Healthcare Technology Featured Article

May 12, 2014

Reading the Tea Leaves: Prior Authorization for Advanced Imaging Services Is in Our Future

Legislation is commonly proposed to change provider behavior; for example, as a way to decrease the number of orders for high-cost procedures and improve use of evidenced based medicine. That is the point of some provisions of the newly enacted Protecting Access to Medicare Act of 2014. It delays the payment cuts that Medicare physicians would have sustained under the sustainable growth rate formula. The fine print also sets up a program that would require prior authorization (PA) for certain advanced imaging services. Reimbursement would be contingent on following certain protocols, with payment penalties for those who have exceeded usage thresholds.

Why is this important to those of us in the health information technology (health IT) business? Because it will ultimately require additional use of electronic health records (EHRs) to accommodate the necessary changes in standards as well as handle data exchange. It is also a harbinger of electronic prior authorization (ePA) for other procedures and devices. 

How it would work. In the short term, the law calls for identifying appropriate use criteria (AUCs)—kissing cousins to guidelines, we reckon--for diagnostic imaging, either developed or endorsed by medical specialty societies. Most likely, a federal advisory committee will be set up to recommend which AUCs to use. The AUCs must be identified by November 15, 2015 through rulemaking. Although they are not named, we’re guessing that the drafters of the legislation had magnetic resonance imaging and computed tomography and positron emission tomography scans in mind as “certain advanced imaging procedures.”

Then, in consultation with stakeholders, the government will identify clinical decision support (CDS) mechanisms that physicians and other will need to consult when ordering advanced imaging services for Medicare patients. The mechanisms may be part of a certified EHR and at least one must be free of charge. At a high level, the CDS mechanism — whether embedded in an EHR or not — must handle the mechanics of showing the AUCs were checked beforehand and documenting the encounter. Then, beginning January 1, 2017, payment will only be made if the claim shows that the ordering professional consulted with a qualified CDS mechanism; the ordered service adheres to the applicable AUC(s) and it contains the national provider identifier of the ordering professional.This may be the first time that Medicare would require providers to use such point- of-care, evidence-based ordering for exams or procedures, according to the American College of Radiology.

Also beginning in 2017 and in consultation with stakeholders, the Centers for Medicare and Medicaid Services (CMS) will identify “ordering professionals” who are not adhering to a threshold of applicable AUC(s), based on two years of data. These outlier physicians will be subject to PA for applicable imaging services in 2020.  What that means has yet to be defined, which likely will be in regulations down the road. The legislation provides CMS with $5 million in each of 2019, 2020, and 2021 to carry out the PA program.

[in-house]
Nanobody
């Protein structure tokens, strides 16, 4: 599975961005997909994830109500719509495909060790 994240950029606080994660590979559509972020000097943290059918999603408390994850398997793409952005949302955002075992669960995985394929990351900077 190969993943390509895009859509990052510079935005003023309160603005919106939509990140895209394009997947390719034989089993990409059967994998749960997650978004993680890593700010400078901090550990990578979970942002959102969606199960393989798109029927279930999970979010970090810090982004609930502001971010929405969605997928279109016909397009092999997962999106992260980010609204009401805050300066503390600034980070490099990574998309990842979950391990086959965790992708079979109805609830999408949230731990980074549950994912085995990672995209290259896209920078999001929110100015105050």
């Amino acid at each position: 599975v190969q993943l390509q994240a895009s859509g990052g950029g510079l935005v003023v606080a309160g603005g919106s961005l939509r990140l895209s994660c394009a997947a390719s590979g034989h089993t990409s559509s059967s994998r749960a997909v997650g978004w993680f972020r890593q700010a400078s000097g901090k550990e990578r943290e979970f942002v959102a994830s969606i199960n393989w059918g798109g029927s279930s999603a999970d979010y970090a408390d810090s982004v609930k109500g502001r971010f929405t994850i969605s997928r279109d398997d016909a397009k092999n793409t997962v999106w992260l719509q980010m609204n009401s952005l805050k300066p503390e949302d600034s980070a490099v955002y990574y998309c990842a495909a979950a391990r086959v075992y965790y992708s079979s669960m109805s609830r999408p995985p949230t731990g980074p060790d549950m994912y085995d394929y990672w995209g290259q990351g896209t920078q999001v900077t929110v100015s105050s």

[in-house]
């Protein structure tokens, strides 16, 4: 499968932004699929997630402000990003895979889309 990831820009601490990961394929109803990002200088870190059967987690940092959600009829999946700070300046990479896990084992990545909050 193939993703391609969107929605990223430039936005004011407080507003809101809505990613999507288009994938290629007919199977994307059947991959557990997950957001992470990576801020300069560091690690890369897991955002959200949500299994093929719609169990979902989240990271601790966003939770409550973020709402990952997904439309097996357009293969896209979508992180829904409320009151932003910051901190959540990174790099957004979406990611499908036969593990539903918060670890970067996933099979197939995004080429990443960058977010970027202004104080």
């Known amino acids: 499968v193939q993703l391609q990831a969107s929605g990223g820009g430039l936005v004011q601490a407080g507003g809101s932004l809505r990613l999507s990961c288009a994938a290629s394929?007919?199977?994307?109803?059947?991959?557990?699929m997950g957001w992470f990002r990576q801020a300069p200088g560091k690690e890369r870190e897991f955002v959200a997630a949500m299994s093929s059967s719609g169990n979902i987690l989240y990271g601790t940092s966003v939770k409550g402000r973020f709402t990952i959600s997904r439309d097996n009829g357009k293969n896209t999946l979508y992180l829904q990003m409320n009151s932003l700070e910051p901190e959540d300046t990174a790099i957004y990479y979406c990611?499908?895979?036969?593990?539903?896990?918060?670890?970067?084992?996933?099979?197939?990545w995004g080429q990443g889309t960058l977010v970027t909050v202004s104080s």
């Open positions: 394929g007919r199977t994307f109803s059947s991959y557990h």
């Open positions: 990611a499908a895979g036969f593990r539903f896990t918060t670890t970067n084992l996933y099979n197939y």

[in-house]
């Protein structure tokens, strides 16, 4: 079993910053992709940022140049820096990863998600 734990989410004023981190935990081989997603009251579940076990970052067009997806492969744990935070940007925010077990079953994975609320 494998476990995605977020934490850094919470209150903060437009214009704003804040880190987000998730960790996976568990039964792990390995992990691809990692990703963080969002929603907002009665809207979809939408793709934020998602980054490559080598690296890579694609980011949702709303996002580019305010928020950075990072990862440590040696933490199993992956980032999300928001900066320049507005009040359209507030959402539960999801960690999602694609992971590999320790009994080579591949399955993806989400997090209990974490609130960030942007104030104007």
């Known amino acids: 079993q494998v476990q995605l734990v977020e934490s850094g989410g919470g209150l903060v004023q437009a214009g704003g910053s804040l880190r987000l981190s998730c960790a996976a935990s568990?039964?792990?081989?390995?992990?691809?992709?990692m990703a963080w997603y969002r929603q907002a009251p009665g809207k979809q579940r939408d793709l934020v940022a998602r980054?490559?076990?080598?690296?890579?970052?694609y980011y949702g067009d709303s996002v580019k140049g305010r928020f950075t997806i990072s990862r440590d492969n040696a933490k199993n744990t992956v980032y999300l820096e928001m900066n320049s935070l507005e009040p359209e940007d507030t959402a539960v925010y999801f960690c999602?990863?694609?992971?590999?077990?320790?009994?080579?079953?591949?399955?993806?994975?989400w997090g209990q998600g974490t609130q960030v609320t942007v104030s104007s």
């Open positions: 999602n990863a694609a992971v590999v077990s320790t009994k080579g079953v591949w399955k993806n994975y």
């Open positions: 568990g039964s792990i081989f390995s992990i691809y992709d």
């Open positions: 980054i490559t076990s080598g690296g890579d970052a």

Impacts. Now we get to the impacts. Like just about all regulatory requirements these days, the timeframes are tight. There’s not much time to officially get stakeholders together, for regulations to be promulgated, for vendors to build to them, for changes in health information exchanges to be made and for physicians to learn how to make this part of their work flow. Even if the dates are pushed back (which happens with regularity for most programs), a couple of years is not a lot of time to get everything done that needs doing.

Given the lead time required to pass legislation, promulgate regulations and create technical guidelines, vendors may really have to scramble once the certification criteria are established. It must be recognized that this will be hard work for vendors to absorb on top of all the other regulatory requirements, including stage 3 meaningful use. (For more details about how stage 3 is shaping up, see the article in this issue of HIT Perspectives.)

PA for procedures and devices currently is a paper/phone/fax-based process that is tedious and time consuming, and is ripe for automation. To accommodate the program spelled out in the law, changes may be needed to the ASC X12 278 standard. ASC X12 278 is designed and used for PA but it is not widely adopted by providers or payers. Given our experience with PA for medications, an ePA standard for procedures and devices is not beyond the realm of possibility. However it’s implemented, this legislation plants the seeds to make broader use of ePA a requirement across the board in the coming years.

To our way of thinking, if PA for high-cost imaging is on the horizon, can its use for other procedures and devices be too far behind, especially once the health IT infrastructure and standards are in place? Point-of-Care Partners is closely monitoring what sounds like a complex program to get off the ground. We will be keeping tabs on the many moving parts, which stakeholders end up in the drivers’ seat and which imaging procedures end up on the firing line.  Stay tuned because more ePA is coming your way.

Edited by Maurice Nagle
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